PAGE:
Three Line Tales : A murder of crows

three line tales week 91: a raven at Stonehenge for Halloween

photo by Julien Laurent via Unsplash


 

Feathers flutter in the wind – a parade of crow’s wings, a pair nailed to each fence post, blue black dancing over the churned earth.

Daw knows the farmer who owns the land, who shoots the crows. Grover his name is. The man never could bear to see anything beautiful fly, his instinct always to capture, to cage, to kill.

Grover had a wife didn’t he? Nancy. Not seen her for a long while.

 


Written for Three Line Tales. See the prompt pic and write a tale.

 

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Friday Fictioneers : Why Poppa made them run

PHOTO PROMPT © Roger Bultot


 

The pall of woodsmoke that had turned day to night was finally lifting. The fires must have burned themselves out.

‘Where’s Poppa?’ His sister Nance was sitting on a fallen log, feet kicking the crumbling wood to splinters.

The sky was vermillion, the sunset turned vibrant by the filthy air.

‘Where, Danny?’

They would need shelter, somewhere out of the cutting wind. Somewhere safe.

Danny looked at his little sister, at those large eyes reflecting the fiery sky. One day he’d have to tell her why Poppa had made them run, but not today.

He held out his hand.

 


Written for Rochelle Wisoff-Field’s Friday Fictioneers. See here to join in and to read some glorious fiction.

What Pegman Saw : A bitter offering

Today Pegman takes us the the lovely island of Mauritius


 

‘What about this one?’

Atia surveyed the stone in her brother’s hand. She shook her head. ‘It must have a flat edge and a sharp point opposite.’ She looked up to the mountain. ‘You see? Like that.’

Felix looked, but the peak was wreathed in smoke, a lazy coronet often there on still days. He thought of his friend Cato who’d caught a beetle the day before, big as his palm, black as a thunder cloud with branched horns on its head like a stag.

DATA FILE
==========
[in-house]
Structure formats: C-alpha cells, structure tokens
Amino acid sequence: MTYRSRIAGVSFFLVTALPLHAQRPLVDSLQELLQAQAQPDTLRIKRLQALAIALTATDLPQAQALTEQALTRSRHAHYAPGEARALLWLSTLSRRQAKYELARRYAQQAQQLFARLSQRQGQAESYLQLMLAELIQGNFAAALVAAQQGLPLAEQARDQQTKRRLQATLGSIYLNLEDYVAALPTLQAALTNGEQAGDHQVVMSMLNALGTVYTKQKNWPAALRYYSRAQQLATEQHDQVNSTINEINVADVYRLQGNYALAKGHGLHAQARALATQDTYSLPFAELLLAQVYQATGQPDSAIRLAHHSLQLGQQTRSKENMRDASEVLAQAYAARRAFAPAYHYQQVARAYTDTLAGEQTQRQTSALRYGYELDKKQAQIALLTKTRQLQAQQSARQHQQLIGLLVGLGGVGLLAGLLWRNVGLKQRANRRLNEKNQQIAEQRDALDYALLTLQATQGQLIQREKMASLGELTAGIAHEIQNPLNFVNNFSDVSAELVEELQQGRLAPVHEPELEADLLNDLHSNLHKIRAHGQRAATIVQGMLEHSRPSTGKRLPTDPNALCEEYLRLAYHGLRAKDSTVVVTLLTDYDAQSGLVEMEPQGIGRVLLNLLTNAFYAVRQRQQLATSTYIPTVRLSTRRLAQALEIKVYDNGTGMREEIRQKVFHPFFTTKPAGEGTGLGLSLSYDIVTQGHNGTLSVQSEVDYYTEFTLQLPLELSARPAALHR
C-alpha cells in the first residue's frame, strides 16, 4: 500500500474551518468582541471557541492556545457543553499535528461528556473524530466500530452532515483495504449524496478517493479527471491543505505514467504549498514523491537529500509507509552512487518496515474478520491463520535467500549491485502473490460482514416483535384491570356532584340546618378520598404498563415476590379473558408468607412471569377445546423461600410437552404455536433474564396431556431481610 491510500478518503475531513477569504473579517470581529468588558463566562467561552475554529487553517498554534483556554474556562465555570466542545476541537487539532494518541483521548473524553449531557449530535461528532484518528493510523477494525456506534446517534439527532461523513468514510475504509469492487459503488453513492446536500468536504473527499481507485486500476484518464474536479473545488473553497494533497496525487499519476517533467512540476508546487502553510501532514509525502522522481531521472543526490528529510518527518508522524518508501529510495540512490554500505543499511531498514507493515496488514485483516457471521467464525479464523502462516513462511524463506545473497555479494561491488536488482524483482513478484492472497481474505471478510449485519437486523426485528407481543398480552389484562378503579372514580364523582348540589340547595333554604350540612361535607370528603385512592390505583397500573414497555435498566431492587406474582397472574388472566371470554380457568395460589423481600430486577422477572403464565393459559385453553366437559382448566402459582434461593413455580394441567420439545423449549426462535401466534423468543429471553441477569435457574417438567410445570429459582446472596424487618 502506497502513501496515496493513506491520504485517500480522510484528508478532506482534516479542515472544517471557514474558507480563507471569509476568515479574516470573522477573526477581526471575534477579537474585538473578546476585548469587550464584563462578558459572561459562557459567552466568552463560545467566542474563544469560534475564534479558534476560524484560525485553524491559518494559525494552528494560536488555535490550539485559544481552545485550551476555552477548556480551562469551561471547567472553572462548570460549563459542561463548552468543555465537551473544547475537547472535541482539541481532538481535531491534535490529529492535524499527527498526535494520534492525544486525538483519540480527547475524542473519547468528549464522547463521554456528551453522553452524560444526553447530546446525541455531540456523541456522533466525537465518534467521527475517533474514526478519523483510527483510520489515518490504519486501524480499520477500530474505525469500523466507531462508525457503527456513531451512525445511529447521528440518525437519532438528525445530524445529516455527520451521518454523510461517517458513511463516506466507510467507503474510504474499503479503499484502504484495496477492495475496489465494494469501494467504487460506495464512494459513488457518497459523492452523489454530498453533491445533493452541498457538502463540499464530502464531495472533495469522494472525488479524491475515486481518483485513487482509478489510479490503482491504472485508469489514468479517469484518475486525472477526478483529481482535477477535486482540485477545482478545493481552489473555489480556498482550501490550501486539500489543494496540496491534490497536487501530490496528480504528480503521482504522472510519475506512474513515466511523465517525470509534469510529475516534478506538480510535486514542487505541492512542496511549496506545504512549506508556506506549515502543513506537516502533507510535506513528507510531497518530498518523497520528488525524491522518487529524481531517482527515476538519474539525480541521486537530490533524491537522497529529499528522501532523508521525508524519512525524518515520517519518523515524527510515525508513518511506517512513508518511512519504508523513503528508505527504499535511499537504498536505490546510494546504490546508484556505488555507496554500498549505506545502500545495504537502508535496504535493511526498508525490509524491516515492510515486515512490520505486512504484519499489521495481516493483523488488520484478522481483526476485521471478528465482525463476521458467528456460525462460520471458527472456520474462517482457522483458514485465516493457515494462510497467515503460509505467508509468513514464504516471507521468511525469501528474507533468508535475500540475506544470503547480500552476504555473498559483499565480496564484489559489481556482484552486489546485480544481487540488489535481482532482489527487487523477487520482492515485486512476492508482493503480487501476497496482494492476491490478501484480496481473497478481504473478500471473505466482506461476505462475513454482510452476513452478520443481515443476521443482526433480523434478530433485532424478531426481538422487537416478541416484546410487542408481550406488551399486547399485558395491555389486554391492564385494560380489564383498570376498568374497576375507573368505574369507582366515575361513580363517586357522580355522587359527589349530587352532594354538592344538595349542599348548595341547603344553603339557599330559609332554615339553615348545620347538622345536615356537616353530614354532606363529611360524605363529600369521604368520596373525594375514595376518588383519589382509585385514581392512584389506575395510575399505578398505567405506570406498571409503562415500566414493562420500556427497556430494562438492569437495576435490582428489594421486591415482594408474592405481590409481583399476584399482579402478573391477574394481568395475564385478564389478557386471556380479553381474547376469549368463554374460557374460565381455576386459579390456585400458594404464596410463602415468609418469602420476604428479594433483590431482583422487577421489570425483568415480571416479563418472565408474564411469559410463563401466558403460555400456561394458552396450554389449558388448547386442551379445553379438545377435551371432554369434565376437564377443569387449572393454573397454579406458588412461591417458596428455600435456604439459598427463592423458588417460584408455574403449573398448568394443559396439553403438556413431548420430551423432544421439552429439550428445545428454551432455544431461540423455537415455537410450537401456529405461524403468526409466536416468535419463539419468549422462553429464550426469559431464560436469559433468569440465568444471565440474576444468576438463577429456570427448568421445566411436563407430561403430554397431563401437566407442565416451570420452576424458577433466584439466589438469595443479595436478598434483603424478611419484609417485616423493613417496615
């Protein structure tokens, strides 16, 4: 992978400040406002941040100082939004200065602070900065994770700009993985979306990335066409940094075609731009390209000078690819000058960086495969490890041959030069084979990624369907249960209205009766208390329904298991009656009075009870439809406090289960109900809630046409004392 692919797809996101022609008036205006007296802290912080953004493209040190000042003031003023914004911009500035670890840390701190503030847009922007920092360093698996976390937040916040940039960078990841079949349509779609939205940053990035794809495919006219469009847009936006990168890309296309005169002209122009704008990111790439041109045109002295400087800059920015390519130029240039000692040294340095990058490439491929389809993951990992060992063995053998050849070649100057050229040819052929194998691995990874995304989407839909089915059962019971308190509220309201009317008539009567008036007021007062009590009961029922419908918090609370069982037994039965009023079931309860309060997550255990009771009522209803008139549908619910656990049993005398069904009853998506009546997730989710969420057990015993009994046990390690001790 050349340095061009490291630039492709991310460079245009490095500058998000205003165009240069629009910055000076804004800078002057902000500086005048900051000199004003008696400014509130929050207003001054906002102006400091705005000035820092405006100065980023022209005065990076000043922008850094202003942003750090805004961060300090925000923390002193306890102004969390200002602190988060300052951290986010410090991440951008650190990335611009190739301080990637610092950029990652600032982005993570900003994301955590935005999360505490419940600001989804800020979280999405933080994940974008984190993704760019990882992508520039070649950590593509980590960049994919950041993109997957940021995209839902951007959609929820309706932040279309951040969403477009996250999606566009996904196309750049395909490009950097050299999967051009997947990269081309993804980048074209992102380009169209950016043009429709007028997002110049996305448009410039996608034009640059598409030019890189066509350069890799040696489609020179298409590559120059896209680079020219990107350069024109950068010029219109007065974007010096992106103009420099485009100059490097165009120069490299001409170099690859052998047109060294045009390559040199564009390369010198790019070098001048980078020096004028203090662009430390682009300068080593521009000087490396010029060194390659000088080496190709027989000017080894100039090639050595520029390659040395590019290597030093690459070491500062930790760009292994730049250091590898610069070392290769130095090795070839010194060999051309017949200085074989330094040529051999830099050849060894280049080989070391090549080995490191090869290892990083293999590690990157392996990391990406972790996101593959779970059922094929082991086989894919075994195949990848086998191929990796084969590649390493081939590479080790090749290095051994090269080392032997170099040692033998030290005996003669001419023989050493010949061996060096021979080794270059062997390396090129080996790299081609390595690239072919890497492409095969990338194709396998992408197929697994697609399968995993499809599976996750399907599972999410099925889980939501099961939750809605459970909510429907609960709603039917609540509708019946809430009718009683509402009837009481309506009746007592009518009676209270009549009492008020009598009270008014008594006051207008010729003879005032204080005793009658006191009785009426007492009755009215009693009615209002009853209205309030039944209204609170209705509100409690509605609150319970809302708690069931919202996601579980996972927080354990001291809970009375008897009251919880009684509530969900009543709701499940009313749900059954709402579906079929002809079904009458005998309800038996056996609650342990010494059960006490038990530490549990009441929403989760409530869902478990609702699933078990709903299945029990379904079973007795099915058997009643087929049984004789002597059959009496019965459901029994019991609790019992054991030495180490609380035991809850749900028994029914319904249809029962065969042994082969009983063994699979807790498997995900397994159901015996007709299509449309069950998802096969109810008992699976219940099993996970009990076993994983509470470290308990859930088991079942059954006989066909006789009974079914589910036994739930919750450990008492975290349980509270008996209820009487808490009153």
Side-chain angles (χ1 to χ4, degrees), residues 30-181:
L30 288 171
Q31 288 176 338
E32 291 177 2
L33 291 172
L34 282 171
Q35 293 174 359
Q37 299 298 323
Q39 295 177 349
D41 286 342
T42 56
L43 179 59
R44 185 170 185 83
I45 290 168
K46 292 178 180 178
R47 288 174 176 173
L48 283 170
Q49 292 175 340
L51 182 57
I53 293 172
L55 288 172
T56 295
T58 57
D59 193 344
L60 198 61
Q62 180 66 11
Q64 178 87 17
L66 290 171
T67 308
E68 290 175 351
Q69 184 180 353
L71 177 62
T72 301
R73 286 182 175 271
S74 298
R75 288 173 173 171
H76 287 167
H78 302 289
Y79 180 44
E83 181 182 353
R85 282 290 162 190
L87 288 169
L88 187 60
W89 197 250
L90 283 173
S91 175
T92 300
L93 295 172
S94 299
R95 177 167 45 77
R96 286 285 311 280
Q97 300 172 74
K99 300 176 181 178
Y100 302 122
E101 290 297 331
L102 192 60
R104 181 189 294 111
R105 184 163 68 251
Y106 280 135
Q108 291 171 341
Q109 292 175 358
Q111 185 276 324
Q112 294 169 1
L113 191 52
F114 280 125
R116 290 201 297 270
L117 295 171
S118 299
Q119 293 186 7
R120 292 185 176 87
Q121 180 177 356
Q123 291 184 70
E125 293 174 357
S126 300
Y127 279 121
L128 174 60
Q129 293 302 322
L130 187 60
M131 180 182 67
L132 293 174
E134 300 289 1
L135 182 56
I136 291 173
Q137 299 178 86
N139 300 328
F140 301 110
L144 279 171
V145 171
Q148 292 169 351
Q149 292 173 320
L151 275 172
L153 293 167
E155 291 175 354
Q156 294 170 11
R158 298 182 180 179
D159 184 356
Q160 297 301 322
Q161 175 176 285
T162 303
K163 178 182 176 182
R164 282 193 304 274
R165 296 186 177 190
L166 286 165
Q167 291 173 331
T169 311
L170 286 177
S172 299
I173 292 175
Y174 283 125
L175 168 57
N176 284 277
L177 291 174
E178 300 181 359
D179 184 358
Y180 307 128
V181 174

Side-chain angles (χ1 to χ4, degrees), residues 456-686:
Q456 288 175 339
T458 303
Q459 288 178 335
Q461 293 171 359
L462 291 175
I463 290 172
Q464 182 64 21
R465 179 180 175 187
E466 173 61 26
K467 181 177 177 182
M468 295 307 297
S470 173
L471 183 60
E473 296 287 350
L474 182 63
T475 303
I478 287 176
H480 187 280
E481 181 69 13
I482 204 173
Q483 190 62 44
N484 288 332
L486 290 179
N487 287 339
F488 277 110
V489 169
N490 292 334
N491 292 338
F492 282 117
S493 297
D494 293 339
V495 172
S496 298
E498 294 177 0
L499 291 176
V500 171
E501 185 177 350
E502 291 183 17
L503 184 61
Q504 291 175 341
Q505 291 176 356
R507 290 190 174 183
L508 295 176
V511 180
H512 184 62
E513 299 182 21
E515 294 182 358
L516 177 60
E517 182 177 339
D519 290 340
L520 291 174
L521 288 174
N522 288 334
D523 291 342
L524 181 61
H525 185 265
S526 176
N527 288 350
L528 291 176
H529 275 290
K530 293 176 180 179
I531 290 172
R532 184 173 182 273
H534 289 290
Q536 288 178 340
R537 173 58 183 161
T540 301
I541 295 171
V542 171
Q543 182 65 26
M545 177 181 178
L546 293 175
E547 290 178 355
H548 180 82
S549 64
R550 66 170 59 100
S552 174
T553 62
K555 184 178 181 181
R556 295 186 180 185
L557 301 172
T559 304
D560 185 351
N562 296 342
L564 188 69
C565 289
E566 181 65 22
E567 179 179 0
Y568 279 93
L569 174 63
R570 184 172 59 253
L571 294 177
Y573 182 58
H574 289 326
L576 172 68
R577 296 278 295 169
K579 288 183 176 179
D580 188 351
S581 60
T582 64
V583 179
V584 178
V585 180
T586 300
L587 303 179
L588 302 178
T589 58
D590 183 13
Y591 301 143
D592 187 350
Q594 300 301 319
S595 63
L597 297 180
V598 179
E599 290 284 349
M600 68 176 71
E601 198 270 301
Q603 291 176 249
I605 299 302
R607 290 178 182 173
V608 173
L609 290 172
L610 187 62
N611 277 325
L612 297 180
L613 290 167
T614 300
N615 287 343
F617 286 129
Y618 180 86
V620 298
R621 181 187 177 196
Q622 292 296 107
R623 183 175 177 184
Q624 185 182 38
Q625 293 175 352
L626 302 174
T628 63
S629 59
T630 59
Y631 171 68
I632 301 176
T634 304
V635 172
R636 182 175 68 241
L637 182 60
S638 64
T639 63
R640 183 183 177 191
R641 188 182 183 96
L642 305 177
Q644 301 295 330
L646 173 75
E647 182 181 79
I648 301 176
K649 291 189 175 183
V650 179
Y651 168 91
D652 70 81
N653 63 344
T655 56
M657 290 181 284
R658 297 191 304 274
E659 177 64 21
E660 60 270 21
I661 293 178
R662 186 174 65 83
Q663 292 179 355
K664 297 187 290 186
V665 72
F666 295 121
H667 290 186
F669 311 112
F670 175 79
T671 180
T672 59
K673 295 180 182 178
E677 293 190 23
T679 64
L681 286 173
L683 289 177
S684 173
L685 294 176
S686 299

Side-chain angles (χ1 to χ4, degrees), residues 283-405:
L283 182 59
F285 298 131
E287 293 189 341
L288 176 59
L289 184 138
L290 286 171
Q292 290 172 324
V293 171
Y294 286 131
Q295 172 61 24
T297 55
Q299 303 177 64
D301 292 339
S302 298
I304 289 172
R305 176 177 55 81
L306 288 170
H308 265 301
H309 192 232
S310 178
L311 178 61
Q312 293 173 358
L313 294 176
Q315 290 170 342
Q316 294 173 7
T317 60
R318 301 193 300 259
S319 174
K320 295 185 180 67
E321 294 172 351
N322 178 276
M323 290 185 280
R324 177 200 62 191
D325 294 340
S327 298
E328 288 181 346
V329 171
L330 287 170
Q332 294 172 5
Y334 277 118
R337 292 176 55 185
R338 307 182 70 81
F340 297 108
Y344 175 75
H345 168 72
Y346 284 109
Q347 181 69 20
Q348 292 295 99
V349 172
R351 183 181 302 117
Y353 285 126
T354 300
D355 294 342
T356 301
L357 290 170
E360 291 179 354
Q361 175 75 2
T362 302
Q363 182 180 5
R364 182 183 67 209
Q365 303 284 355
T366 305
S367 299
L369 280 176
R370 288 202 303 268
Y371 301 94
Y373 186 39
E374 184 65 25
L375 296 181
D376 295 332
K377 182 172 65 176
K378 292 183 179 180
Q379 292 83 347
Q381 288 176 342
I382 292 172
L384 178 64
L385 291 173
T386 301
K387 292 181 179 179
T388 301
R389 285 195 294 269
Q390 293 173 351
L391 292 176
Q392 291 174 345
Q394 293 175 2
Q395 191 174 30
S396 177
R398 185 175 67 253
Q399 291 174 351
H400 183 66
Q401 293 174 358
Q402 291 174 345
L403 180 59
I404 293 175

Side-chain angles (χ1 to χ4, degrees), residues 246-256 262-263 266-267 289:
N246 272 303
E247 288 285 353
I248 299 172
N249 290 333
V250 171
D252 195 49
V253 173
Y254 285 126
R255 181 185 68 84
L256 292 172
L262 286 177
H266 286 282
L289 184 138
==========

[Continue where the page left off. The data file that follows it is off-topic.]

‘I want to see the beetle, Atia.’ The sun was making him hot and whiney.

‘We must leave a stone for Venus -‘

The ground shifted under him, throwing him down. His knees hurt like bee stings. ‘Atia?’

She grabbed his hand, dragged him to his feet. ‘Run! Run to tata!’

The air stung, tasted bitter, dust filled his eyes, his mouth.

‘Lares help us!’

 


Written for What Pegman Saw, a prompt based on Google Streetview.

Of course, having a history degree that touched on the Classics, once I saw the smoky mountain top all I could think of was Vesuvius and what might have happened, had a brother and sister been out making offerings to the Gods on that day in AD 79.

Notes

Lares were household gods, small and personal ones, possibly guardian ancestors.

Venus was patroness of Pompeii, hence the children leaving a token for her.

It seems Roman children called their fathers tata as often as they did papa.

One last thing …

It’s thought Pompeii was engulfed by pyroclastic flow, a volcanic eruption where rock behaves more like water. To see what the Pompeiians might have seen before the end, see here.

 

And for the dormant Goth inside me still …

Friday Fictioneers : Down the muddied gullies of the Thames

PHOTO POMPT © Douglas M. MacIlroy


 

They called her Polly-Mynah on acount of her own given name and the bird that needled her shoulder.

Down the muddied gullies of the Thames, neath crumbled eaves and untrusting eyes, one body needs another to keep watch or a body won’t last too long. That’s what Polly-Mynah had. Yes, the body in question had an oily black head, a beak gold as a sovereign and eyes sharp as frost, but he watched for Polly, keen as any madhouse copper.

Even when the creature died she kept his name, like a pining widow twines to her marriage vows.